Congress must act before August. The Health Insurance Portability and Accountability Act of 1996 (HIPAA) requires Congress to pass federal standards for the confidentiality of patient health information by August 1999. If Congress does not do this, responsibility automatically goes to the Department of Health and Human Services (HHS) to prepare regulations solely regarding the use and disclosure of patient information in certain electronic transactions. If Congress does not set forth comprehensive federal standards, the country will remain mired in a patchwork quilt of potentially contradictory existing and forthcoming state laws.
Uniform protections imposed at the national level are needed to preserve patient confidentiality and to foster medical research. Clinical trials are necessarily multi- state ventures. National uniformity allows researchers to create informed consent procedures and forms that meet the needs of patients and comply with the law in all states.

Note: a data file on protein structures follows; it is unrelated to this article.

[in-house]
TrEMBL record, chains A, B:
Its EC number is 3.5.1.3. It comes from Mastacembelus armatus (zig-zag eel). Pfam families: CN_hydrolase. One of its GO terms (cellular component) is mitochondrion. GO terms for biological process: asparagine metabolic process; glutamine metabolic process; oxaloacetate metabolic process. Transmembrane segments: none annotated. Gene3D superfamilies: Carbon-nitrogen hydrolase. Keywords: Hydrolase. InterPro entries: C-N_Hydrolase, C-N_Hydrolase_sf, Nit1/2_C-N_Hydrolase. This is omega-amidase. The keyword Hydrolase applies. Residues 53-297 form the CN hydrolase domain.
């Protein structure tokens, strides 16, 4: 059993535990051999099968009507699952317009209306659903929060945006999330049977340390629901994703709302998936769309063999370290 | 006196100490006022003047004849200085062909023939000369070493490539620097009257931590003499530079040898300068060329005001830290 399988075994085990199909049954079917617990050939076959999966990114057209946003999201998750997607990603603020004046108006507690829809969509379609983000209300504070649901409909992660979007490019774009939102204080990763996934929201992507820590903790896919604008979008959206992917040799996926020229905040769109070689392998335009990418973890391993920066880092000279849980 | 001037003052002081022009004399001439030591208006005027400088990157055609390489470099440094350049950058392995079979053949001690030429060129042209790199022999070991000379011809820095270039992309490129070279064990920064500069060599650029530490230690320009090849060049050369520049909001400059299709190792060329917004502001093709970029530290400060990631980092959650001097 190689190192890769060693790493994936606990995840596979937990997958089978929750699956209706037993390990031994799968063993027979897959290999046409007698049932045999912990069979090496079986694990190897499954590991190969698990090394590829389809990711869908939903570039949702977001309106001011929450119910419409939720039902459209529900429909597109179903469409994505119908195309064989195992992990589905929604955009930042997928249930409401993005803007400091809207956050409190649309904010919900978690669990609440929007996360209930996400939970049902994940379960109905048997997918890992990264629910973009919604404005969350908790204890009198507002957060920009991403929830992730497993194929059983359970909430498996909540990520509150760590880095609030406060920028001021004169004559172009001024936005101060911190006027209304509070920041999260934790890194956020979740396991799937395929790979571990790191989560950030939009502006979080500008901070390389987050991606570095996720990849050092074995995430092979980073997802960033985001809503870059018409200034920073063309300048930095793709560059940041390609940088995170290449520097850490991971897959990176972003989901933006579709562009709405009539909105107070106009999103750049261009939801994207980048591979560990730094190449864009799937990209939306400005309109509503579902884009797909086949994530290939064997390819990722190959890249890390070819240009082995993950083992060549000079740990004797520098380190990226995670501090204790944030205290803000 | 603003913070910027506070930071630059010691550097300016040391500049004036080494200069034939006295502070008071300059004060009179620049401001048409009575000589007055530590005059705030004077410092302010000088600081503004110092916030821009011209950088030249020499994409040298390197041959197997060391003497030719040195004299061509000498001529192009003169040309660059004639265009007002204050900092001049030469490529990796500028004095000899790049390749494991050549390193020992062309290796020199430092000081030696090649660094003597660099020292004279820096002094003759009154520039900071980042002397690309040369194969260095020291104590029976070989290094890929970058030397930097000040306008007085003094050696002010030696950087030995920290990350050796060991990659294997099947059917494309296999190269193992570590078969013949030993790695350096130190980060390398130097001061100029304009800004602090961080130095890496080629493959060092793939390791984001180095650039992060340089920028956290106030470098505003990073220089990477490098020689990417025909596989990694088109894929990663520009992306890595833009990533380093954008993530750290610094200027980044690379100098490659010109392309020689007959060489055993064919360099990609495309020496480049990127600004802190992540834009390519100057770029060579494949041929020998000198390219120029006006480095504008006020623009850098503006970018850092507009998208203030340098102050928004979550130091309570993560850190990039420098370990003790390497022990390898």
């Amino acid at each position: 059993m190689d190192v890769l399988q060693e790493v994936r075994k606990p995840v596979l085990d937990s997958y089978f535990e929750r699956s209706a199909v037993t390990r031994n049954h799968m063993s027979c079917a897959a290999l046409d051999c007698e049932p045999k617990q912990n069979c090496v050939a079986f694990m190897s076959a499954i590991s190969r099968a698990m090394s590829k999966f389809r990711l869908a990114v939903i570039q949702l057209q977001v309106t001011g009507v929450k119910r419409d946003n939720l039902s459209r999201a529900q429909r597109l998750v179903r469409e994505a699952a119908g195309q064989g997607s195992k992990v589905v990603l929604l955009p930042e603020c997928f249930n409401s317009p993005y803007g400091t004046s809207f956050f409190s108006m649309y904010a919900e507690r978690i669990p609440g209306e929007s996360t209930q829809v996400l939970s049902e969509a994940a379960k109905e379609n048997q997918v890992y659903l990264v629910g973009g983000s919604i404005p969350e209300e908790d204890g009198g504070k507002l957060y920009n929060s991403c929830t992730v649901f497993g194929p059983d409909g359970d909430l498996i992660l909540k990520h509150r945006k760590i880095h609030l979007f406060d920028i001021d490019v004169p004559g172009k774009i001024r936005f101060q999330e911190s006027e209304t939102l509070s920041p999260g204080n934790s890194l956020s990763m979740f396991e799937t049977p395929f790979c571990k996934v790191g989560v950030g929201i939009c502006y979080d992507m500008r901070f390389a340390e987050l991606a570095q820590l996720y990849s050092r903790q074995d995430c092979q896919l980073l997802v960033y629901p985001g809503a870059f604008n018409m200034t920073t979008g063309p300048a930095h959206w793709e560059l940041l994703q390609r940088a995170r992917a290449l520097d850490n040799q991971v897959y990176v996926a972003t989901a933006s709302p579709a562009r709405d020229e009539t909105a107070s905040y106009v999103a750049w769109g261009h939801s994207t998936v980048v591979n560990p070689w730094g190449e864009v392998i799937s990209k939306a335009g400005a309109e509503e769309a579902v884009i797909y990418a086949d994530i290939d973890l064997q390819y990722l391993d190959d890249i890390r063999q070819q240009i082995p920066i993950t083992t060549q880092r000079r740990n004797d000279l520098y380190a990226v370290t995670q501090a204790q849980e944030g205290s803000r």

Further, national uniformity will enhance the public's confidence that their medical information is subject to strong protections. It also will enhance a patient's willingness to share information with biomedical researchers. Giving people greater confidence in the uniform security of their medical information will promote higher quality health care and facilitate better research to treat disease.
We urge the Congress to enact strong federal laws that safeguard the public's interest in medical privacy and biomedical research, while preempting state laws that inhibit essential access to information for research.
The Biotechnology Industry Organization is an industry organization representing over 850 biotechnology companies, academic institutions and state biotech centers and related organizations in 46 states and more than 26 countries. BIO members are involved in research and development of health care, agricultural, industrial and environmental biotechnology products. For more information contact Nancy Myers, Director of Federal Government Relations at (202) 776-0602.